“Let me begin strong – there was no way I would ever have agreed to the TPPA when it was American interests driving the entire deal. With the Trump administration dropping out and Canada boycotting the final agreement of the TPP11 (TPPA minus America) it seems the free-trade agreement was dead.
But like everything in politics, there’s a cycle. And now it has arisen anew, and to be honest much of the big concerns have either been allayed or the clauses taken out completely.
The concern was mainly around the ISDS provisions. Another two were the changes to Pharmac and generic patents, which would make it more expensive for us (consumers) to purchase pharmaceutical drugs, and would take longer to get new medicines. The last was around copyright laws, which again would make it more difficult for little ol’ New Zealand to gain rights for all sorts of intellectual property and potentially increase price.
All of these benefited America and were detrimental to both the sovereignty and the market here in Middle Earth. But then America left, and Pharmac is safe and the copyright laws lessened substantially.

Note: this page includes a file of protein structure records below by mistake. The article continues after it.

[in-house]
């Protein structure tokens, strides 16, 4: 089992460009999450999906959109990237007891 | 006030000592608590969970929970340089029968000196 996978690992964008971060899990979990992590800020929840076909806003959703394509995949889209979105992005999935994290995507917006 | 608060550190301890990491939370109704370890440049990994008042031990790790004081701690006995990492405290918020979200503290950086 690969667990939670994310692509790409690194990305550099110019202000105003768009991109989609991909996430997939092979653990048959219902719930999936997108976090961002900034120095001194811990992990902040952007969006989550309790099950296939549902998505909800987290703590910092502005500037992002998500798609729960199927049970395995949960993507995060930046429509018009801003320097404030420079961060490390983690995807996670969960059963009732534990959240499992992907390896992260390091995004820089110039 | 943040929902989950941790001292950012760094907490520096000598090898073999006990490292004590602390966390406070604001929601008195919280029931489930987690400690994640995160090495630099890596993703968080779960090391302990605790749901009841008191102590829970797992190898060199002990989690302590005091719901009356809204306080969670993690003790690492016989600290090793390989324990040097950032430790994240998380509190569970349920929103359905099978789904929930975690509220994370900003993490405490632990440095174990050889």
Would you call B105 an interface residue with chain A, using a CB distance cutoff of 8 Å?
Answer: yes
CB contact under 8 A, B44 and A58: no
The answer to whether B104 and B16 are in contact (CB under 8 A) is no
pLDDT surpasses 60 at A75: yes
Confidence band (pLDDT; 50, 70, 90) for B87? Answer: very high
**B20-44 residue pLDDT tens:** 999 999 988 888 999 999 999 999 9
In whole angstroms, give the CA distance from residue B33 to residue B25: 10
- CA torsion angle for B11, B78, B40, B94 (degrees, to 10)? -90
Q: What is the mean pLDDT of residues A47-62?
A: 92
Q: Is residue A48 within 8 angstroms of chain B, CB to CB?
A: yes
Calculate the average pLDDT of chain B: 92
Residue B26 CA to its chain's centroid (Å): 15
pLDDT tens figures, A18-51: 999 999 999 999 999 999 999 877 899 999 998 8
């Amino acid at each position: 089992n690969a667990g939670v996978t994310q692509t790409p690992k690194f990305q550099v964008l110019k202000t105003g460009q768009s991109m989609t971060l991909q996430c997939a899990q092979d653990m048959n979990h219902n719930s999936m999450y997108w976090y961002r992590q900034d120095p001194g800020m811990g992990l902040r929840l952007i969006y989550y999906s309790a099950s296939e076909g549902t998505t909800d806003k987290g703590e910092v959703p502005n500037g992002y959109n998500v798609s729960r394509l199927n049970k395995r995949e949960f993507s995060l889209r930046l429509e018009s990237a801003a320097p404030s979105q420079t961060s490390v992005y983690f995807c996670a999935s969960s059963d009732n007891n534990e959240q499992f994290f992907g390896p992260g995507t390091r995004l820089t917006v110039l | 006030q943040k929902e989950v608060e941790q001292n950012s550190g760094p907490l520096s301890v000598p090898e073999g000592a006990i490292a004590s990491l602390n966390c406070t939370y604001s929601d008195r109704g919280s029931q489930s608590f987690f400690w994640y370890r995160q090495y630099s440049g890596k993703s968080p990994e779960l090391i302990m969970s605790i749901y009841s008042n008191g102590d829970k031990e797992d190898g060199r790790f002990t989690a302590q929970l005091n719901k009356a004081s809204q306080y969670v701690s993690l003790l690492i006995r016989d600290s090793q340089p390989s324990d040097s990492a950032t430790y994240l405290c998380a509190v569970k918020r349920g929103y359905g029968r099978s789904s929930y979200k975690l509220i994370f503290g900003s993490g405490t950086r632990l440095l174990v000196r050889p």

The ISDS clauses is the last impediment for the left, and the mere fact it still exists is a worry. The ISDS clause is effectively a contract between the state and a company, and is there to protect commercial interests if the government commits a breach of contract. We have watered-down versions of it already in trade agreements with other countries. But the renewed TPPA, which is now called the Comprehensive and Progressive Agreement for Trans-Pacific Partnership (CPTPP) would have created a much more encompassing and aggressive avenue for companies to sue for with even the slightest change of policy. And here lies the cause of my worry. I don’t want our government and democracy being stifled because of the threats (or potential of) from big business. Government reflects the people, not corporates.
However, Jacinda Ardern has been aggressively knocking back the worst of the ISDS clause. To date investor screening is gone (when we vet sensitive areas of investment, like large land purchases), companies can’t dispute the Overseas Investment Office decisions and, most importantly, they are not able to take disputes to an international panel through the World Trade Organization or other agency. It must be settled domestically, here in New Zealand. Australia is our ally in this (which is good, as Aussie is by far the largest direct investor in NZ) although Japan is less enthusiastic because of their expansive direct foreign investments. And the entirety of the ISDS provisions have been shelved, along with 20 others. There was an agreement that those provisions were demanded by America, and nobody else wanted them. They have been left open for a post-Trump administration, but can be vetoed by any individual country upon consideration. So there’s a safeguard.